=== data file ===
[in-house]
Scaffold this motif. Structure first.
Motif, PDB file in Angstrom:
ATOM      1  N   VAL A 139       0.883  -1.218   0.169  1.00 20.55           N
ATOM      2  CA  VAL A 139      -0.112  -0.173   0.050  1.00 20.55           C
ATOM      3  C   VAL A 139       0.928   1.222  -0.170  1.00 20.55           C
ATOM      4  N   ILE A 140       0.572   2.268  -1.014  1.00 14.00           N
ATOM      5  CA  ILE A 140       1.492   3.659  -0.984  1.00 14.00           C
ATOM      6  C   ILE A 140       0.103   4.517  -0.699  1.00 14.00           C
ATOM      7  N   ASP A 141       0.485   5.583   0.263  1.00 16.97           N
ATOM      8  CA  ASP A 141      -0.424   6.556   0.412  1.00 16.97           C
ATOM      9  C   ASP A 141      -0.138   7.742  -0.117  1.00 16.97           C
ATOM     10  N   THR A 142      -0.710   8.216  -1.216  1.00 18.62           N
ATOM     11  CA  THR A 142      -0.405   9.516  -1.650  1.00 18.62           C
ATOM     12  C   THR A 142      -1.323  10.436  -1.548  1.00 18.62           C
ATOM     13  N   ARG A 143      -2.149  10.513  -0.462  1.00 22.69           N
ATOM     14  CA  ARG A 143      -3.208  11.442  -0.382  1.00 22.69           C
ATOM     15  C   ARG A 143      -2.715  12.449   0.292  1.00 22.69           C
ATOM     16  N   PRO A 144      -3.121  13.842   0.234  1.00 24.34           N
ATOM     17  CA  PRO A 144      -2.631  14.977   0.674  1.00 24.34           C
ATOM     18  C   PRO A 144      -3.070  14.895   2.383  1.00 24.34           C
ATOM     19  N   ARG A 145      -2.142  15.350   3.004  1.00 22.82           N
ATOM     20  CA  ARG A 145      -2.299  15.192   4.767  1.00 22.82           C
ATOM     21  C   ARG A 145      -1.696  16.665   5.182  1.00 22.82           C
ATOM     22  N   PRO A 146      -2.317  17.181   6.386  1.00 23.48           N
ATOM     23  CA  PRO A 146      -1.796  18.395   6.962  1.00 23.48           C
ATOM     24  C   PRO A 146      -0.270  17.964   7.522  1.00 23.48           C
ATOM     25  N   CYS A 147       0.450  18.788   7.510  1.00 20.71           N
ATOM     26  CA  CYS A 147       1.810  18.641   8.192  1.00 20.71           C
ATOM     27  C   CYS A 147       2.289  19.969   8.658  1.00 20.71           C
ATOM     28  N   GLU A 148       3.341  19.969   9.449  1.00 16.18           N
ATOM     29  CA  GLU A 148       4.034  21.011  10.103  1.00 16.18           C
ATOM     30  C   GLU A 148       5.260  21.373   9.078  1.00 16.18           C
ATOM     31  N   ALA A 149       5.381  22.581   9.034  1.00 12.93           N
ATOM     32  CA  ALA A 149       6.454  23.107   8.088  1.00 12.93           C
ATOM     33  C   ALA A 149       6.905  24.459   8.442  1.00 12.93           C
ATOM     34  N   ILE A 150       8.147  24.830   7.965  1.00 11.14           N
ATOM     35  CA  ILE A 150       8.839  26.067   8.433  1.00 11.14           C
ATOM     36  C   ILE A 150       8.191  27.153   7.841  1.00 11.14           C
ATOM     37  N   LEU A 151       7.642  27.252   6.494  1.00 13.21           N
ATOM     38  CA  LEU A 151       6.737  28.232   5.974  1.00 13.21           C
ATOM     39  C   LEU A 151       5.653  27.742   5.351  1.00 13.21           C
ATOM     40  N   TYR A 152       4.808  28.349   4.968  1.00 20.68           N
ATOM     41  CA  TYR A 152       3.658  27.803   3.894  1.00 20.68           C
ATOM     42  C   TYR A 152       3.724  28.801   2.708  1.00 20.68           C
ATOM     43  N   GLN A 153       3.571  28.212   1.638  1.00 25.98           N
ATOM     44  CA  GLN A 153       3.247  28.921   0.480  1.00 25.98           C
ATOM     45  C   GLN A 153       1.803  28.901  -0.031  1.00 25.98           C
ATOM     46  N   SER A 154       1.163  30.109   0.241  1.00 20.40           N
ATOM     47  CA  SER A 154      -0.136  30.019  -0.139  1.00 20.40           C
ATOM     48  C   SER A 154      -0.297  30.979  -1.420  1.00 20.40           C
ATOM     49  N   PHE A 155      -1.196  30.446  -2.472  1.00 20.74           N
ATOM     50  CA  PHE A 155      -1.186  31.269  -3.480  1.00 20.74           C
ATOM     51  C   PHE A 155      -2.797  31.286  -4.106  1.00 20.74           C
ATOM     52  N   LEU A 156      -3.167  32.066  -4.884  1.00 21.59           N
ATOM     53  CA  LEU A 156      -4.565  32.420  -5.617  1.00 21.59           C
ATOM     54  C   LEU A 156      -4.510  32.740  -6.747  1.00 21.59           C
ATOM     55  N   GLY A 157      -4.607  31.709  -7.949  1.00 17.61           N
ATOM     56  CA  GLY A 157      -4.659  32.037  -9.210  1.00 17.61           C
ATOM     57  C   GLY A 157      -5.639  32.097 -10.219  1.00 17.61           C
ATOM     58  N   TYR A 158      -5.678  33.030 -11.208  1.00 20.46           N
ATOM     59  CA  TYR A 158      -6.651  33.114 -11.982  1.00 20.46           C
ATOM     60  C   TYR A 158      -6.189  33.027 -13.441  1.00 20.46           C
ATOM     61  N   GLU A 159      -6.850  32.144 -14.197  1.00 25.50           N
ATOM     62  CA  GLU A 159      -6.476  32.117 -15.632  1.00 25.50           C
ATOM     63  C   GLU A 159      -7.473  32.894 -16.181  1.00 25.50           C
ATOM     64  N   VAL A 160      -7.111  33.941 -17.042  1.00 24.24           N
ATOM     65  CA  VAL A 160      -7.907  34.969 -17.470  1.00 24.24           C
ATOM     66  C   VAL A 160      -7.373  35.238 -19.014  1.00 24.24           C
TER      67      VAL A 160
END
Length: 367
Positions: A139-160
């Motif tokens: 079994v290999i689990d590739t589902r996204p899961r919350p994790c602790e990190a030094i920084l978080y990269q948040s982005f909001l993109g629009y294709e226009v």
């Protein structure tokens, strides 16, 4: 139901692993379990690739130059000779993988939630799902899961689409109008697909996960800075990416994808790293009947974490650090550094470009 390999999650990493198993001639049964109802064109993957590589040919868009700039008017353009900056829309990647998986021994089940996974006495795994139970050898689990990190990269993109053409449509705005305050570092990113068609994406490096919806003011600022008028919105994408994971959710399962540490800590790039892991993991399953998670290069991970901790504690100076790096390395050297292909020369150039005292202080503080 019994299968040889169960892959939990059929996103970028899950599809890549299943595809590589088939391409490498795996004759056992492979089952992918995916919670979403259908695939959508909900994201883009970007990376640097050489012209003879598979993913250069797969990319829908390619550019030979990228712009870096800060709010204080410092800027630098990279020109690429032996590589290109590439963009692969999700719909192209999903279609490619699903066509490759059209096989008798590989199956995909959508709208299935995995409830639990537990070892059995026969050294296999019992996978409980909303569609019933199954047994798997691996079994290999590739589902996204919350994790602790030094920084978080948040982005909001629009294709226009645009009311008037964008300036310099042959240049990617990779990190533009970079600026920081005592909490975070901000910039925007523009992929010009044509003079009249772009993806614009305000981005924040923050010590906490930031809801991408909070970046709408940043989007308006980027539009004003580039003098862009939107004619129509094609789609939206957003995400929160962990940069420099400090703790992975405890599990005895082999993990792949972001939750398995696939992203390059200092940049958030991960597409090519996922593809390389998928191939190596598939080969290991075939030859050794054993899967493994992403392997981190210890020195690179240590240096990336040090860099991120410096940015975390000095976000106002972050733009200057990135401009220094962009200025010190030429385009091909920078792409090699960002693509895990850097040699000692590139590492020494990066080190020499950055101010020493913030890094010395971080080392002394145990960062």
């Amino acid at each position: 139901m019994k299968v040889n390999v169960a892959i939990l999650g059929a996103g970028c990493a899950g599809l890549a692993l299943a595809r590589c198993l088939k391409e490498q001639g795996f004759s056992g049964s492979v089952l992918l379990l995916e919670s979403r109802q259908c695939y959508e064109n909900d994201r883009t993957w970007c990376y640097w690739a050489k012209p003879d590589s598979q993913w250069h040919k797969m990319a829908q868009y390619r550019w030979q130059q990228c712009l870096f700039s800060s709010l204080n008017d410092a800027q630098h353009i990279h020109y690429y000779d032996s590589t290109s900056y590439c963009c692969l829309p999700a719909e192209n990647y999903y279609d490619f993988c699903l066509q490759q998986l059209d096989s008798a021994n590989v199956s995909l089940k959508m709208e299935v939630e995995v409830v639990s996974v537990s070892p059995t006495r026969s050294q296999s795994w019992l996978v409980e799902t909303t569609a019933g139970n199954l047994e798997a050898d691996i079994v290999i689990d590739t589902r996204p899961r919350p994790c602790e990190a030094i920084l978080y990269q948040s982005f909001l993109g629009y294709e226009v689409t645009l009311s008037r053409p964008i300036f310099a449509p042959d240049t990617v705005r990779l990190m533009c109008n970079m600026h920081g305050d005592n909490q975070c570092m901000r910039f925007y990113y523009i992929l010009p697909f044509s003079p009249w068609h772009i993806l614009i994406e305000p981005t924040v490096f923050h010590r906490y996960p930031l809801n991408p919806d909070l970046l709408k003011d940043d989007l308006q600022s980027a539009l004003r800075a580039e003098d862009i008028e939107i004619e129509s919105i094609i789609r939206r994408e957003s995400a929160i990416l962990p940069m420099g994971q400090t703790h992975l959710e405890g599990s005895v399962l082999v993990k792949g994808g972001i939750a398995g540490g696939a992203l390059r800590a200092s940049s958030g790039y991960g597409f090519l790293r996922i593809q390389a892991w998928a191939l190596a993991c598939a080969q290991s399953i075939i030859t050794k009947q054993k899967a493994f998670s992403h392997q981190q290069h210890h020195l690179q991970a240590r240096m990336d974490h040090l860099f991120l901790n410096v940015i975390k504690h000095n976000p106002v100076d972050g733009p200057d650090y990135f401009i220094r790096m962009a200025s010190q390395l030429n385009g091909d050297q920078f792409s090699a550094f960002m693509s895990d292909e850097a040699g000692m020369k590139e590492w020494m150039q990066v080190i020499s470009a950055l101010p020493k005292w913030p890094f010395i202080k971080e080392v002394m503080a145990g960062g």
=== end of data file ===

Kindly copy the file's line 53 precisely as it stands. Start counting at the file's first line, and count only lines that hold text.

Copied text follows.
ATOM     50  CA  PHE A 155      -1.186  31.269  -3.480  1.00 20.74           C